New side project under the name of ‘BLACK GOLD TEXAS TEA’. A heavier style of blues rock instrumentals and original material.

Check out the page to hear some songs.../black-gold-texas-tea

Alana Di Giacomo who creates all the great artwork and design of my CD’s, has an online gallery now. Visit www.alanajoe.com
and experience her limitless talent. CD album covers are in the ‘other’ section.

 

New ‘Best of” Compilation 2013-2016 CD Milestones, 21 classic tracks. Hard Copy only, available at gigs or contact for mail order $18 incl.postage.

Milestones Review by Bernie Bicknell 

REVIEW – MILESTONES 
The melody is always the hero with John Francis Carroll. No guitar gymnastics or complicated 
arrangements for him. Allow the listener to hear the beauty of the song. “Milestones”, John’s latest 
album, is testimony to this. It is John’s “Best Of” and includes the works of some our best known and 
most loved modern songwriters. 
The selection of songs will come as no surprise to his regular audience at Victoria Market, where he has 
become a fixture in his laneway spot. A Saturday morning coffee without “While My Guitar Gently 
Weeps” or “Rhiannon” seems incomplete. I am usually one of the few punters bold enough to yell out a 
request from his repertoire. ‘Hey, John, my guest hasn’t heard you play “Albatross”. How about it?” 
Five tracks on the album are, unsurprisingly, Beatles compositions. All are wonderful tunes, which come 
to life as instrumentals. The fact that three of them were penned by George Harrison reinforces what a 
wonderful songwriter he became when he got his chance late in the Beatles history. Two songs from 
Marl Knopfler also reinforce what a fine songwriter he has been. It’s a strong line-up, including John 
Fogarty, Booker T Jones, Leonard Cohen, Peter Green. 
The common rap on “Best Of” albums is the omissions. Which popular tracks of the artist are missing? 
My only criticism is that the selection could have included one or two of John’s original compositions. 
They would stand up against the great songs selected. Maybe on “Milestones 2”?

Previous events

Nov5

Jimmy Barnes support John Francis Carroll

Buckitdream , Melbourne

Supporting Jimmy Barnes at Buckitdream Private Event

John Francis Carroll

Itunes

Available on iTunes! 'SELECTIONS' New compilation album available for download on iTunes only, includes tracks from all previous albums.

May7

John Francis Carroll

3MDR 97.1FM 'Classically Saturday' with Jules Vines will be doing an interview with me and playing songs from my Celtic CD 'Salmon Tails Up the Water' at 10am this Saturady

5th September, Featured all this week on Reverbnations Crowd Picks

5th September, Featured all this week on Reverbnations Crowd Picks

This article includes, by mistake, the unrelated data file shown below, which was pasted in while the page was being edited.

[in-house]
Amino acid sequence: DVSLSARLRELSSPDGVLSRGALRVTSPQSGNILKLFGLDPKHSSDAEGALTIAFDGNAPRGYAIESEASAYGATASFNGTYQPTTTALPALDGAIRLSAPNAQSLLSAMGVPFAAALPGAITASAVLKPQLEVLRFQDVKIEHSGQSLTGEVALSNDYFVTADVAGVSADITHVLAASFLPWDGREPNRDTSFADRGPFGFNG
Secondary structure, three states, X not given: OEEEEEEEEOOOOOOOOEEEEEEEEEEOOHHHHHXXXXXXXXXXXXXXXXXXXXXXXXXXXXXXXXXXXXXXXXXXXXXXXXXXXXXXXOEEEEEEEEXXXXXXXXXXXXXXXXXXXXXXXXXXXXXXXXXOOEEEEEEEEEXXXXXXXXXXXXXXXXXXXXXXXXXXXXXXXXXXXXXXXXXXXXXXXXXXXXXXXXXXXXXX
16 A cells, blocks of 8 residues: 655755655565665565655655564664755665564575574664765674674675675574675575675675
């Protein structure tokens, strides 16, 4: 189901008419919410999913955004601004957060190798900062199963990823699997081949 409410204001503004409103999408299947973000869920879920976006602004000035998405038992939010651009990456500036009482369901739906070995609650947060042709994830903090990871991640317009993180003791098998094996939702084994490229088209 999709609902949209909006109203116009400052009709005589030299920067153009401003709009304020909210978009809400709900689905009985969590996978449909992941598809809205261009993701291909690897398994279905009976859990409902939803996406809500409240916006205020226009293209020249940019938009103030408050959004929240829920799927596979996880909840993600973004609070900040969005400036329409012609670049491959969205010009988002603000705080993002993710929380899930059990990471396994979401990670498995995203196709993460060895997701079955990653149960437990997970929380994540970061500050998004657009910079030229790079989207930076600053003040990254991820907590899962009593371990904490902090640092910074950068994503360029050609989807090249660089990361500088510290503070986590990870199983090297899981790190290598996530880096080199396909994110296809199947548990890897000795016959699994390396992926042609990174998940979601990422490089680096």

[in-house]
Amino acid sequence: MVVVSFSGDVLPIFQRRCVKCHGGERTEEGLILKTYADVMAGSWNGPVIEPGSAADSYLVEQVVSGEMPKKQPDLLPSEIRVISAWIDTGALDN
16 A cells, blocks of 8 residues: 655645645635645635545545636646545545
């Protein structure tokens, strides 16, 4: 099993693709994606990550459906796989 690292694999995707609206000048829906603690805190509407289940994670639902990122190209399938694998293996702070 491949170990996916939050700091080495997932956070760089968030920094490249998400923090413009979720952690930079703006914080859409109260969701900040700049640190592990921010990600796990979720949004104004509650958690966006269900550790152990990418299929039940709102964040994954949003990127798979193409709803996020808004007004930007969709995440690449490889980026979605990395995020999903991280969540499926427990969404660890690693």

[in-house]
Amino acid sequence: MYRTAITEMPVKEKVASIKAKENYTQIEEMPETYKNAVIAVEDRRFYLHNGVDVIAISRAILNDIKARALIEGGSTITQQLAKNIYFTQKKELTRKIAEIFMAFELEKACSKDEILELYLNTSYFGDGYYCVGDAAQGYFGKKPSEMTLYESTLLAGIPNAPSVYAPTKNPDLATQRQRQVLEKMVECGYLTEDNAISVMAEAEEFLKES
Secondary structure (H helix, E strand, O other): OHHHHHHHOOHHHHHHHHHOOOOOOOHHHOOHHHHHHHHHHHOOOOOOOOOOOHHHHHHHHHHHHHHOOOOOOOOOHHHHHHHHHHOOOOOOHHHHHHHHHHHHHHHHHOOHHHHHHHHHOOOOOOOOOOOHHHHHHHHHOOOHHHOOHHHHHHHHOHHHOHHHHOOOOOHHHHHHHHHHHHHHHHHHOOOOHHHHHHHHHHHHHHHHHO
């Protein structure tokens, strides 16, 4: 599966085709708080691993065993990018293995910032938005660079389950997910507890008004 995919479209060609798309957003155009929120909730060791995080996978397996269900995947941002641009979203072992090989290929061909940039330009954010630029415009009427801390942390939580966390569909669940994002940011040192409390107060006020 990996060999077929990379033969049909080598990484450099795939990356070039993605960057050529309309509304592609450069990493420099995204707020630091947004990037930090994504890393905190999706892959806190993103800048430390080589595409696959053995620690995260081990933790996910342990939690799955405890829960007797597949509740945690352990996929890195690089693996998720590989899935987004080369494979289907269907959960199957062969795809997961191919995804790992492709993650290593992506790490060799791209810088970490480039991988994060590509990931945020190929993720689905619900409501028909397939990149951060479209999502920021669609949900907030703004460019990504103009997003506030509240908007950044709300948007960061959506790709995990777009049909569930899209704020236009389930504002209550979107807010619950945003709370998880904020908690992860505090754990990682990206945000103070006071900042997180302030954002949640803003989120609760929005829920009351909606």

My Blues Instrumentals CD will be ALBUM OF THE WEEK onUK  Blues Roots Radio next Wednesday 19th August via Ian McKenzie’s  Acoustic Blues Club radio show in the UK. Podcast will be available after the show here; 

Acoustic Blues Club KCOR Radio

BLUES MATTERS MAGAZINE UK REVIEW by Norman Darwen 

BLUES INSTRUMENTALS - John Francis Carroll

I confess I was a little unsure about this at first glance. After all, the blues is primarily a vocal art, and although there have been some fine instrumental recordings – think Freddie King, for starters – it does take a rare talent to maintain interest throughout the length of an album. John is a busker from Melbourne, Australia, and this set consists of his acoustic guitar, backed by drummer Andrew “Idge” Hehir, and on the short closing version of Sweet Home Chicago only, Mississippi John McConnon on lead guitar. And it works… maybe not unexpectedly so on tracks like Mississippi John Hurt’s Payday or Leadbelly’s waltz time In The Pines, but John also turns his hand to the likes of John Lee Hooker’s Boom Boom, Barrett Strong’s Money, That’s What I Want and a couple of Willie Dixon numbers: My Babe and I Just Want To Make Love To You. He also tackles Elvis Presley’s big hit Heartbreak Hotel and perhaps most stunningly, Booker T & The MGs’ Green Onions. I would swear Booker T himself is on this, adding organ bass in the background, but after careful listening, no, it does seem that it is just John’s own guitar! So no, John’s not your average busker. Looking through the material, all the songs (except for John’s sole original, Lil’ Hot Sauce) are numbers that would have been familiar to blues lovers back in the 60s, so maybe he has been doing this for a while. Whatever, he certainly kept my interest throughout. 

NORMAN DARWEN